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Continuous monitoring of key bodily functions improves patient safety 32% fewer unplanned ICU admissions thanks to wrist monitor

The ViSi Mobile is a wrist monitor that can measure the most important bodily functions of patients day and night (24/7). After almost 5 years of trial runs and scientific research, Radboudumc will now use this wrist monitor in 7 departments and 117 beds to improve patient safety. Research shows that thanks to the wrist monitor and the timely identification of patient deterioration, there are 32% fewer unplanned ICU admissions.

When COVID-19 Strikes Your Hospital

As a hospitalist on the front lines of COVID-19, I know firsthand how the homeostasis of a hospital is altered when community cases of COVID-19 increase. For example, emergency departments immediately enact novel pathways and protocols for triage, evaluation, and admission (1). Hospitals begin to assess and enhance inpatient capacity, often by opening units not traditionally used for general medical care (for example, postoperative care units) as COVID-19–designated areas (2). Additional tactics, such as decreasing elective surgical cases, merging specialized intensive care units (ICUs), and offering staff moonlighting opportunities to increase critical care capacity, are also pursued. And in short order, hospital command centers spring up to monitor patient flow, streamline communication, and coordinate activities ranging from patient visitation policies to media releases (3).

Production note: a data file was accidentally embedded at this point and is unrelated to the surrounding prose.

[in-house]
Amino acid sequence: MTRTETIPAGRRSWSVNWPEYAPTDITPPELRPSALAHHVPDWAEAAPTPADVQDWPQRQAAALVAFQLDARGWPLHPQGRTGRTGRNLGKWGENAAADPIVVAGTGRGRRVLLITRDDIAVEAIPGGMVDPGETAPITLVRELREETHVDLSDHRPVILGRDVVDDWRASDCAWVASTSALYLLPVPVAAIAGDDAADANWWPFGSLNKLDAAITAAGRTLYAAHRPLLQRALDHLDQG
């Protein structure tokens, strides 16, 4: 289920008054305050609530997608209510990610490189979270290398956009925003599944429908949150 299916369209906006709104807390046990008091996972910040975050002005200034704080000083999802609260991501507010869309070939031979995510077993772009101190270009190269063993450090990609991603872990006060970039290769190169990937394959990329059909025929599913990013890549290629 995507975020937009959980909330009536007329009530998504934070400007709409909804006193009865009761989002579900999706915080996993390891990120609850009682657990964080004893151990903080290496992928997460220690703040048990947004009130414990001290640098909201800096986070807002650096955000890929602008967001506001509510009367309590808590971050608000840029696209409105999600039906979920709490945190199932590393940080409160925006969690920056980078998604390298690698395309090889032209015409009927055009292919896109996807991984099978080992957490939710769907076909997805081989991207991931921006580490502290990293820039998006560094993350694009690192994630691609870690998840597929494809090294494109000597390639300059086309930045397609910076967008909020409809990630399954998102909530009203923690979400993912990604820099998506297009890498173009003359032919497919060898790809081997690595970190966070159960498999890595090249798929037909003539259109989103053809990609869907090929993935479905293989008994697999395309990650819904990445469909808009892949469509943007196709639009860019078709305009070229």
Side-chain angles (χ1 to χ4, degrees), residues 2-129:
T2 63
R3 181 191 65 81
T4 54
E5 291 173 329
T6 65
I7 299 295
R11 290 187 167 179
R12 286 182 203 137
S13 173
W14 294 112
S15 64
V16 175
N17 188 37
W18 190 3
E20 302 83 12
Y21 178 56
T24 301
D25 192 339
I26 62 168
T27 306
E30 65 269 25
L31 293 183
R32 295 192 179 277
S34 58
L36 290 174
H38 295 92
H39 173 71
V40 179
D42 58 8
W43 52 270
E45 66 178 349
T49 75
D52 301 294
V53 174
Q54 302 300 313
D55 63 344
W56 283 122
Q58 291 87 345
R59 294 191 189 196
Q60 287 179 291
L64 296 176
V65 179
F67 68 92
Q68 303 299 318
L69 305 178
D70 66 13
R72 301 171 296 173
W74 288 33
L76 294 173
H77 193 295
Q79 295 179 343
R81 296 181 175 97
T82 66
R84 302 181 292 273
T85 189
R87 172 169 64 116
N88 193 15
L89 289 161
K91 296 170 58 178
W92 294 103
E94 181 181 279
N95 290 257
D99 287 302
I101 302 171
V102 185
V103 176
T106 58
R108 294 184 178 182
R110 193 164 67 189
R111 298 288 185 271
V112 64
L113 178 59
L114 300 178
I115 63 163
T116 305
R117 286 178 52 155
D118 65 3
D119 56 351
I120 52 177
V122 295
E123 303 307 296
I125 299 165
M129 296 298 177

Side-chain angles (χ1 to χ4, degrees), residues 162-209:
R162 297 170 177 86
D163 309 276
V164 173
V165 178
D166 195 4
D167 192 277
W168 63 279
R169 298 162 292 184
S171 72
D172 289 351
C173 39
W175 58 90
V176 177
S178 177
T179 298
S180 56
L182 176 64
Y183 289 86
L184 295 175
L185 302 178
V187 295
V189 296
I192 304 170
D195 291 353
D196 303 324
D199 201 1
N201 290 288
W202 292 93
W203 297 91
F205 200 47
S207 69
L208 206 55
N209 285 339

New Report Shows Improved Rates of Diagnosis Utilizing Tech from Sotera Wireless

As personnel and funding shortages continue to increase pressure on healthcare services in a post-pandemic world, a new study published by the British Journal Of Anaesthesia suggests that ViSi Mobile remote patient surveillance technology holds the key to improved care and saving lives.

Anesthesiology Journal Podcast - Dr. Alparslan Turan

Anesthesiology journal podcast, an audio interview of study authors and editorialists. This podcast is a conversation with Jim Weathmill and Dr. Alparslan Turan, professor of anesthesiology and vice chairman of the Department of Outcomes Research in the Anesthesiology Institute at Cleveland Clinic in Cleveland, Ohio.